McGraw retired the side in order in the bottom of the eighth, but so did Carlton in the top of the ninth, when he struck out the side for the fourth time in the game, including Amos Otis’s fourth punchout.
McGraw held the Cardinals scoreless in the ninth despite the Mets’ fourth error of the game and Brock’s single, his fourth time reaching base. The Mets’ 4-3 victory was McGraw’s eighth of the season.
On a day when Carlton said he had a fever all day before the game,2 his 19 strikeouts set a new modern-day record.3 It was the highest total of his Hall of Fame career, which also included three games with 16 strikeouts and one with 15. (He had also taken the loss in one of those 16-strikeout games, against the Phillies in 1967.) It Carlton’s sixth game in 1969 with double-digit strikeouts. The loss was his 10th; he finished the season 17-11. When he retired in 1988, he was second on the all-time strikeout list behind Nolan Ryan. (Carlton was subsequently surpassed by Randy Johnson and Roger Clemens.)
Carlton said after the game, “I’m very elated to have done something no other pitcher has ever done. I knew I had something special when I got that standing ovation. That’s the first one I ever got. And I got into some elite company – with Sandy Koufax, Bob Feller, and Don Wilson.”4 Those three pitchers held the major-league record of 18 strikeouts in a game at the time. Unaware of how many strikeouts he had until the scoreboard flashed “16” in the eighth inning, Carlton said, “I decided to go all-out for the record. I wanted it badly then.”5
Nearly 50 years after his game-winning clouts, Swoboda recalled the historic game: “Carlton was a good pitcher having a good day. He had a lot of ways to get you out, possessing a fastball that jumped out at you, an overpowering curve, and an effective slider.” Swoboda recalled that his homers, both hit on two-strike counts, came on a fastball in the fourth inning and a hanging slider in the sixth.6 However, Swoboda wasn’t immune to Carlton’s strikeouts; the left-hander whiffed the big outfielder twice.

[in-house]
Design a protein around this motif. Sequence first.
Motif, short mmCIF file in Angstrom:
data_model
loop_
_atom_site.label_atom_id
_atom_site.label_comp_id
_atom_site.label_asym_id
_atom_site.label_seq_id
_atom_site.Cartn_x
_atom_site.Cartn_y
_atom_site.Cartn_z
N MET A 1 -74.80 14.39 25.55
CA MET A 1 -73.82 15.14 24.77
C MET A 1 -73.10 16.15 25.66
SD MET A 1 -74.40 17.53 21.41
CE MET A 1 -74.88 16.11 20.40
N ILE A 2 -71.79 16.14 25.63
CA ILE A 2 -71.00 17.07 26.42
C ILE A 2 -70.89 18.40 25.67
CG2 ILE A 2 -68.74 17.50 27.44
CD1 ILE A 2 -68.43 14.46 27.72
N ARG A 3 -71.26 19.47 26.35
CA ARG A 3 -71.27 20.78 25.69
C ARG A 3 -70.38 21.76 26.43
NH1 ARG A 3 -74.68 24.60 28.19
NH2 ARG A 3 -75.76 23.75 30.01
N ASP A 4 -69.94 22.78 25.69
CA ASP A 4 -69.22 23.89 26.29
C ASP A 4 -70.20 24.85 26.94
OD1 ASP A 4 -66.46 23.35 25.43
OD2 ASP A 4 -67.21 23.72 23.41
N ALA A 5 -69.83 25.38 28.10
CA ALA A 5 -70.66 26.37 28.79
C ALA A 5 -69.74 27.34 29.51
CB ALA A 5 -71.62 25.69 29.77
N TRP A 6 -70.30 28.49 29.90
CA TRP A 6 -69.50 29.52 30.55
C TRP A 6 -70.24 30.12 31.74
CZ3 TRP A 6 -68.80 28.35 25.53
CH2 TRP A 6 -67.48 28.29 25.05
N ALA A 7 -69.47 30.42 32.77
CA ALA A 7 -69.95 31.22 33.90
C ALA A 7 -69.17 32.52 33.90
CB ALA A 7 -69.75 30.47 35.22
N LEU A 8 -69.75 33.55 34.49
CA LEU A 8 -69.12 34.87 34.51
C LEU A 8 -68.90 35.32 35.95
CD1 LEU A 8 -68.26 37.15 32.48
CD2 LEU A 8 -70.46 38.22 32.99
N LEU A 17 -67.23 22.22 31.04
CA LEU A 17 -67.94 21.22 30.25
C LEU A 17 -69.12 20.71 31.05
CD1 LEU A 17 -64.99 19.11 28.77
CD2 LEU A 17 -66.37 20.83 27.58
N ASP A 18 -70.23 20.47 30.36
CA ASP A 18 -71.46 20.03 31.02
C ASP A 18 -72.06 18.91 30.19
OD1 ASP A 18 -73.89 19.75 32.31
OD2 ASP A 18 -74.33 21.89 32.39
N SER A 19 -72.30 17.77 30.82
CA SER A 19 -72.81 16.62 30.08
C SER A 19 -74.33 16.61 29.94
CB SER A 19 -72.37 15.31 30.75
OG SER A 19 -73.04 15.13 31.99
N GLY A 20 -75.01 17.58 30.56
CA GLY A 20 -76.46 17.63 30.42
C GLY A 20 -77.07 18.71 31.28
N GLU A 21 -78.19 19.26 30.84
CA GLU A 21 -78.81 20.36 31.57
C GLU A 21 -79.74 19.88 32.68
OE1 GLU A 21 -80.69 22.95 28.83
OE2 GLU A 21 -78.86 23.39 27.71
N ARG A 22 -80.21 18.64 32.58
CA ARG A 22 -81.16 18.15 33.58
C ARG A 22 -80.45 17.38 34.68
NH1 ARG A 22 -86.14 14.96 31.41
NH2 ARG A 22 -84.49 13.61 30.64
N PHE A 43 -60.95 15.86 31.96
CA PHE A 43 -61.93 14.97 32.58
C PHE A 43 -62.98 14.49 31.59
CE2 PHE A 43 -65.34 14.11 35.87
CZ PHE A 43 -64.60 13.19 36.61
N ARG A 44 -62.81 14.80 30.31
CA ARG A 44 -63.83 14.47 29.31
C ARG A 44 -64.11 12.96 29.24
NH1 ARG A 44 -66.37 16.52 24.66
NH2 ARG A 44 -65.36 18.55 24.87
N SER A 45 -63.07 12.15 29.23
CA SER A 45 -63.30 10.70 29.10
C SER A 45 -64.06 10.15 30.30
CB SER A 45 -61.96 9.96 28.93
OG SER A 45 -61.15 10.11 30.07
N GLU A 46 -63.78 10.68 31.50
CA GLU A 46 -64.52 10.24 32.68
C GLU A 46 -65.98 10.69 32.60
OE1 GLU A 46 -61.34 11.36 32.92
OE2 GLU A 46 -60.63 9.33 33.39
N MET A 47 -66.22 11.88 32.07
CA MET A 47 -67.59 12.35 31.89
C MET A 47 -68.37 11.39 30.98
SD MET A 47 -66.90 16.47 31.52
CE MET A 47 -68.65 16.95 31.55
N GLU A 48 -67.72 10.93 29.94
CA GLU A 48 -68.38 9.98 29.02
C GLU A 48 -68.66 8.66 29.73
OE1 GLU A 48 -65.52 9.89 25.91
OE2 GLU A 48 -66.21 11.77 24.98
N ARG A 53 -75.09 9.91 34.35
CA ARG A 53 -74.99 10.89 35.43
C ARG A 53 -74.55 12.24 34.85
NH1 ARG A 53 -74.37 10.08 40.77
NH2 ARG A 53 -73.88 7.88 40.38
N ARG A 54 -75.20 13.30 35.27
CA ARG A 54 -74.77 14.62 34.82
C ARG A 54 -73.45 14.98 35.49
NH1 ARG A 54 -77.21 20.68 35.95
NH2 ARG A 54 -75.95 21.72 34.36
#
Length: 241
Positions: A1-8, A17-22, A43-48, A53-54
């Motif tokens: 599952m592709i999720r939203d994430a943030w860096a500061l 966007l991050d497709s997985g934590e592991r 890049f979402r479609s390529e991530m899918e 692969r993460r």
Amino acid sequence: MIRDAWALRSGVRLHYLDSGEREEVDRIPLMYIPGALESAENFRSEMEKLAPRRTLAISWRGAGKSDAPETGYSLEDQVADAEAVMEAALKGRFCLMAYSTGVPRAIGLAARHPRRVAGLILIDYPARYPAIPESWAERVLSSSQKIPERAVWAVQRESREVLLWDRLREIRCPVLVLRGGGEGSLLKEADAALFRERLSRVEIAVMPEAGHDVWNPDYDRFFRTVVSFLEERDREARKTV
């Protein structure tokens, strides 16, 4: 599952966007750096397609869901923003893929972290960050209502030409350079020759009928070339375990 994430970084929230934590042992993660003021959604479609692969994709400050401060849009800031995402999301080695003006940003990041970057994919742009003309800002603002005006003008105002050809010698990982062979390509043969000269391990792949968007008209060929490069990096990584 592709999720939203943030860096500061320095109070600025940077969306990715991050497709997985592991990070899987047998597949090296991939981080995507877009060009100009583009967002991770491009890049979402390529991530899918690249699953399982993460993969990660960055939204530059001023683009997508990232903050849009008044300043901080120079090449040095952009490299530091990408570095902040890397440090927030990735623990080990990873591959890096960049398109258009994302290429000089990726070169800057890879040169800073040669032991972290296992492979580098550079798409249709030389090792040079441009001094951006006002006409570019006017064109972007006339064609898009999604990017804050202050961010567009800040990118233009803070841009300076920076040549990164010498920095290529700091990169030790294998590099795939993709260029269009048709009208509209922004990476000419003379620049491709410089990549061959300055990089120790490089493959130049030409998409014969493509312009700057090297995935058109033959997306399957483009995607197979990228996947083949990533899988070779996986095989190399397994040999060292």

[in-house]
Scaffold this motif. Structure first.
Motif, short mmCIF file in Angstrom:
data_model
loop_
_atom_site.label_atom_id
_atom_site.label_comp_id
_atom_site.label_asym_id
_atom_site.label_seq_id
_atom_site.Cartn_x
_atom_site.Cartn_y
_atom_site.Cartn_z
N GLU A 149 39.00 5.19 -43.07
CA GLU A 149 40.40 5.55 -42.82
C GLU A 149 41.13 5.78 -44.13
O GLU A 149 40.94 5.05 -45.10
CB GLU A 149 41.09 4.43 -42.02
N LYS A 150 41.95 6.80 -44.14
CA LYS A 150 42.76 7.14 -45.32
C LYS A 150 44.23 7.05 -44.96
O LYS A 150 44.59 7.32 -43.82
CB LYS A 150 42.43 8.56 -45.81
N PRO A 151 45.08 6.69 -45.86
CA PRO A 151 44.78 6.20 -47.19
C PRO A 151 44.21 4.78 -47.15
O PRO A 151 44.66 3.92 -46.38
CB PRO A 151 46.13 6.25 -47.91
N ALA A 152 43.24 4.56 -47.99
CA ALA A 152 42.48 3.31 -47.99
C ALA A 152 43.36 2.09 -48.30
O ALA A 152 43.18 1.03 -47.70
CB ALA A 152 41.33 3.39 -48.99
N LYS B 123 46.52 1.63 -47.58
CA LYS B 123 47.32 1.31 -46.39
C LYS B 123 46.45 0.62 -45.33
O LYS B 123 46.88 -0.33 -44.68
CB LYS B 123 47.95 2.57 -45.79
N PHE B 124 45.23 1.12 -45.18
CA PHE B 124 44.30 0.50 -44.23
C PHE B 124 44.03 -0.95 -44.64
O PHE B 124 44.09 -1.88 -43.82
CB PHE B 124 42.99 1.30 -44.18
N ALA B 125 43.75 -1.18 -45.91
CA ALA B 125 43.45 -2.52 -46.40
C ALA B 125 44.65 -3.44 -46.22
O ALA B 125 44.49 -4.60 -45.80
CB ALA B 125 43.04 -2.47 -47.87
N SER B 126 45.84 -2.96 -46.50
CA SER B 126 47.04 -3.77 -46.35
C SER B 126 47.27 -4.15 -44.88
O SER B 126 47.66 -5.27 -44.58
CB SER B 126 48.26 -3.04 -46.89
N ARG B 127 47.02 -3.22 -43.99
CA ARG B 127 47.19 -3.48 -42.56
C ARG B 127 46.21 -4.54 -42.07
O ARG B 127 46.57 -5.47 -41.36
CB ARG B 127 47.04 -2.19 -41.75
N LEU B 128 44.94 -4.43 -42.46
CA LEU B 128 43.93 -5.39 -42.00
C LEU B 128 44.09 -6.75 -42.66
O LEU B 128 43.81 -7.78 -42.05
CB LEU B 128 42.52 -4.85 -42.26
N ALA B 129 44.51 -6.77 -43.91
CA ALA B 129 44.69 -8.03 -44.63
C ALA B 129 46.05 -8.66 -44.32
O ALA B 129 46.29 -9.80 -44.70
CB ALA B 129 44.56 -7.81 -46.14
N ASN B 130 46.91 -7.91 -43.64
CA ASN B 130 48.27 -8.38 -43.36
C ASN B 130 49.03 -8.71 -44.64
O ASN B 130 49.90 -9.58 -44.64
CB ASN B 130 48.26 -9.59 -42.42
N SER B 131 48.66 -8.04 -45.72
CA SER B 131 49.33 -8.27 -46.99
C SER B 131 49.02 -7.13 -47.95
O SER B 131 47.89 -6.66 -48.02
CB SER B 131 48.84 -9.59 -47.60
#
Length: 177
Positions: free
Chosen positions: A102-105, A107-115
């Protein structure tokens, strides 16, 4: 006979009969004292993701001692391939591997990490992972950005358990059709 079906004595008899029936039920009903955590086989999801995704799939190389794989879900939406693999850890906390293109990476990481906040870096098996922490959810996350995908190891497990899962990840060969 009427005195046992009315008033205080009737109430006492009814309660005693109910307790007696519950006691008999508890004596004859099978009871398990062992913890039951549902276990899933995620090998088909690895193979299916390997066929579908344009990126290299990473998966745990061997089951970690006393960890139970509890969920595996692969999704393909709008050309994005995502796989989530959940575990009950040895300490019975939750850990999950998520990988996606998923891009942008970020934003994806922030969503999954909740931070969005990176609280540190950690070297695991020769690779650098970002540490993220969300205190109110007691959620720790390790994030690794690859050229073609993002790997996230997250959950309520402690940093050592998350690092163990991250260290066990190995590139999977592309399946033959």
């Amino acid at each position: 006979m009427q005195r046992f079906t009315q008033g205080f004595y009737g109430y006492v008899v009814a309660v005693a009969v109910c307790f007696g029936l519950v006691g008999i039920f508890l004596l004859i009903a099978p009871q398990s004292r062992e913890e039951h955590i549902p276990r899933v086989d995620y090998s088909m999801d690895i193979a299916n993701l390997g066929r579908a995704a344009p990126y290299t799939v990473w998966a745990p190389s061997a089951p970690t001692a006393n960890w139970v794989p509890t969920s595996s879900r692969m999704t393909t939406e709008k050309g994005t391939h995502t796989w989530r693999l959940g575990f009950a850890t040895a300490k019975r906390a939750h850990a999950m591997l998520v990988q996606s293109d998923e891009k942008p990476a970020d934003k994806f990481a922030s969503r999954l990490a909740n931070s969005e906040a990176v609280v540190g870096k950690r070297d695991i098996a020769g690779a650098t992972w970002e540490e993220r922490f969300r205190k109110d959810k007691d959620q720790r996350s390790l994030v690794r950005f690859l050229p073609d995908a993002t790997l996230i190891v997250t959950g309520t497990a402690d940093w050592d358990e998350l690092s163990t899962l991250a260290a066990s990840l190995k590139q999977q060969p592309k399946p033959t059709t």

Swoboda remembered, “I had been hot and cold as a batter before this game. In a time before specialized hitting coaches, Mets broadcaster Ralph Kiner took me into the batting cage the day before. He worked with me by setting up the pitching machine with the wheels going in opposite directions, allowing simulated sliders. Kiner kept asking me about my swings against those sliders in the cage, ‘How does that feel?’ Fortunately, I was able to get to a better place before having to face Carlton.”7
Swoboda’s two-homer game was his first since his rookie season, 1965, when he excited Mets fans by hitting 19 home runs. For much of the 1969 season, he had shared playing time with Art Shamsky and Rod Gaspar, but by mid-August Swoboda had reclaimed his right-field starting job. During the 35-game stretch from August 21 to September 24 (the day the Mets clinched the NL East title), Swoboda had 26 RBIs, including his first career grand slam. He would make one of the most memorable catches in World Series history with his diving backhanded catch of Brooks Robinson’s line drive in the ninth inning of Game Four.
In 1969, the first year of division play in major-league baseball, the Mets won the NL East by eight games over the Cubs. They swept the Atlanta Braves in three games in the NL Championship Series, then defeated the Baltimore Orioles in five games in the World Series. That team will forever be known as the “Miracle Mets.”
This article was published in “Met-rospectives: A Collection of the Greatest Games in New York Mets History“ (SABR, 2018), edited by Brian Wright and Bill Nowlin. To read more articles from this book at the SABR Games Project, click here.
In addition to the sources listed in the Notes, the author used the following:
Allen, Maury. The Incredible Mets (New York: Paperback Library, 1969).
Durso, Joseph. “Swoboda Clouts Pair for All Runs,” New York Times, September 16, 1969: 51.
New York Mets Media Guide, 1970.
1 Neal Russo, “A Record 19 Ks Cure Ailing Carlton,” The Sporting News, September 27, 1969: 12.
2 Bob Broeg, “Carlton Whiffs 19, but Mets Strike, Too,” St. Louis Post-Dispatch, September 16, 1969: C1.
3 Carlton’s single-game strikeout record was surpassed by Roger Clemens (1986 and 1996), Kerry Wood (1998), and Max Scherzer (2016), all of whom struck out 20.
6 Author’s telephone interview with Ron Swoboda, July 17, 2017.